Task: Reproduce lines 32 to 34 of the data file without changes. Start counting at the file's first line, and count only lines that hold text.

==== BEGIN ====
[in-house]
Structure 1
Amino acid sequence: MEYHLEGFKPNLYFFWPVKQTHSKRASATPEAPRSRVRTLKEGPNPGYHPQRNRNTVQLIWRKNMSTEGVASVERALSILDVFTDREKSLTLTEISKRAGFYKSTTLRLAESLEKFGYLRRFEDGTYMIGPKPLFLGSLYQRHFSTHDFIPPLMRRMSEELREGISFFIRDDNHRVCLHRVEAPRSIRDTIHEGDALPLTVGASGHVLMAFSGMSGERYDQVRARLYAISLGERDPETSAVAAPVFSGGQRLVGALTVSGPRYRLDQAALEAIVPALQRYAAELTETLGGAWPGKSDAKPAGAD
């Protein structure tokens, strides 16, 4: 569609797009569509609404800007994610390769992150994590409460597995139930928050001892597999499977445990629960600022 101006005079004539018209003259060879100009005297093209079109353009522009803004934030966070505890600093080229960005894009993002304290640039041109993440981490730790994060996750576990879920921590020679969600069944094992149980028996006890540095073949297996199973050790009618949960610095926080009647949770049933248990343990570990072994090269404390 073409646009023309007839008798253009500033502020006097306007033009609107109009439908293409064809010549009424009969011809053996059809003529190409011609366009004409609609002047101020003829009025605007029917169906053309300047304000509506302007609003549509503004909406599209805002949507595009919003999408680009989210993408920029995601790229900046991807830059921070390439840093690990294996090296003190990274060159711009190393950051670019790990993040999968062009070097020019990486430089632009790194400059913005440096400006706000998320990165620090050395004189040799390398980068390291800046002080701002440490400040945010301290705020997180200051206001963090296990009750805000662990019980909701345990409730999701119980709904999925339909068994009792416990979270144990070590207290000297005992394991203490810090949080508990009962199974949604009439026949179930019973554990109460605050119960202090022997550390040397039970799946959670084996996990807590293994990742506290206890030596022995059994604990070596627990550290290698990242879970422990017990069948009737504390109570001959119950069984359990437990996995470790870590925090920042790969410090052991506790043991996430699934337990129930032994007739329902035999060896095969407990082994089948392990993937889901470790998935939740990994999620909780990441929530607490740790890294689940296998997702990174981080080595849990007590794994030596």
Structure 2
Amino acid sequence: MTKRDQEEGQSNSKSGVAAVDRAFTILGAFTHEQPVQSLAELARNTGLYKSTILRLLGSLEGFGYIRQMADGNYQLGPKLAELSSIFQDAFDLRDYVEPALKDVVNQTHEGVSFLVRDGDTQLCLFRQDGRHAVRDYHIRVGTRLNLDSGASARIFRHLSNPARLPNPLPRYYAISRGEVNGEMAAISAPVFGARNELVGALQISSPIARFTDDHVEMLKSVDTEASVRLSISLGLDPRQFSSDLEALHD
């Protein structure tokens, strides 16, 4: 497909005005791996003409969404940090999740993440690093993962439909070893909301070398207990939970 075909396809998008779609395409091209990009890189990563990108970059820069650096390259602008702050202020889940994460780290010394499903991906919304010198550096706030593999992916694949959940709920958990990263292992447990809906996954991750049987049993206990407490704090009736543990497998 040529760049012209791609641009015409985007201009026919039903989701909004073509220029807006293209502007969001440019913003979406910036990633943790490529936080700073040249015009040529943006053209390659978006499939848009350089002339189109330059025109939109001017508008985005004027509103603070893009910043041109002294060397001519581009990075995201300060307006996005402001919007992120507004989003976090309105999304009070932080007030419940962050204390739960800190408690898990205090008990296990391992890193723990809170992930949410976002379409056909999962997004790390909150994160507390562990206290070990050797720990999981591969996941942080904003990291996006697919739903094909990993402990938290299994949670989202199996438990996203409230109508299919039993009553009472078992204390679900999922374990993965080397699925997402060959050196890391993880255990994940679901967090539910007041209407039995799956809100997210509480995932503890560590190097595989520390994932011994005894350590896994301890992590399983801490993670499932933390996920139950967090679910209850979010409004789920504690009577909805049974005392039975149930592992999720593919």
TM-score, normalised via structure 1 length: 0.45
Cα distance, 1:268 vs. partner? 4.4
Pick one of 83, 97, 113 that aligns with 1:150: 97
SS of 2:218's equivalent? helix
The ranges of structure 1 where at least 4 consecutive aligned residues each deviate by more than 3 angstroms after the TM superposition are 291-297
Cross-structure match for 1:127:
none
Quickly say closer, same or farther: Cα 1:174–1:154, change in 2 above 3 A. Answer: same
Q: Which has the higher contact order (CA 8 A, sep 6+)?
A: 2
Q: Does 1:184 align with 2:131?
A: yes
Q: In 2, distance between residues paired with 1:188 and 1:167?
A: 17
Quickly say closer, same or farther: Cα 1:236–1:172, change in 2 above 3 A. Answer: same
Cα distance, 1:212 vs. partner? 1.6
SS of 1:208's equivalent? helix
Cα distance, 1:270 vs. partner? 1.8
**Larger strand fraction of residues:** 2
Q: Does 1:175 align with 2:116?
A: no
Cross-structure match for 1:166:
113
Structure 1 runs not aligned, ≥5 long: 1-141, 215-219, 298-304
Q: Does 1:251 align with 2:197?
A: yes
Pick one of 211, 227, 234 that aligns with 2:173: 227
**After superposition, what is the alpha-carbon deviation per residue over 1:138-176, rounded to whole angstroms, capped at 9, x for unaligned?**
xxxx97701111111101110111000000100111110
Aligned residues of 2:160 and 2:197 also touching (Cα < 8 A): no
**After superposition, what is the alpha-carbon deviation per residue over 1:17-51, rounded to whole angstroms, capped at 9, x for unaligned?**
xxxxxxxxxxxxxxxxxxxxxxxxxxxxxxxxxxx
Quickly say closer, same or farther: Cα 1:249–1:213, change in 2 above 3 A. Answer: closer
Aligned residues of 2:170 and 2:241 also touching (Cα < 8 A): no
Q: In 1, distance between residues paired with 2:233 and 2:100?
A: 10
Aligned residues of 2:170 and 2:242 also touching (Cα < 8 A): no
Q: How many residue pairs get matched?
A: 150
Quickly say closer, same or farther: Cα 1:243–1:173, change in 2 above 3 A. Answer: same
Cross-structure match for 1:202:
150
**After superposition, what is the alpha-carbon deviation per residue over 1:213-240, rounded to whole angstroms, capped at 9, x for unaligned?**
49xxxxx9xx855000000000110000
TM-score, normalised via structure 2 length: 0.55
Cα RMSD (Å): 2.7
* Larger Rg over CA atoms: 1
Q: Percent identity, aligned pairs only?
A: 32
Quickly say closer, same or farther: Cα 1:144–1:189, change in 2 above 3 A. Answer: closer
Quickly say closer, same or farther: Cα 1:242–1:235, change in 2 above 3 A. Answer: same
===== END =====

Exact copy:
Q: Does 1:251 align with 2:197?
A: yes
Pick one of 211, 227, 234 that aligns with 2:173: 227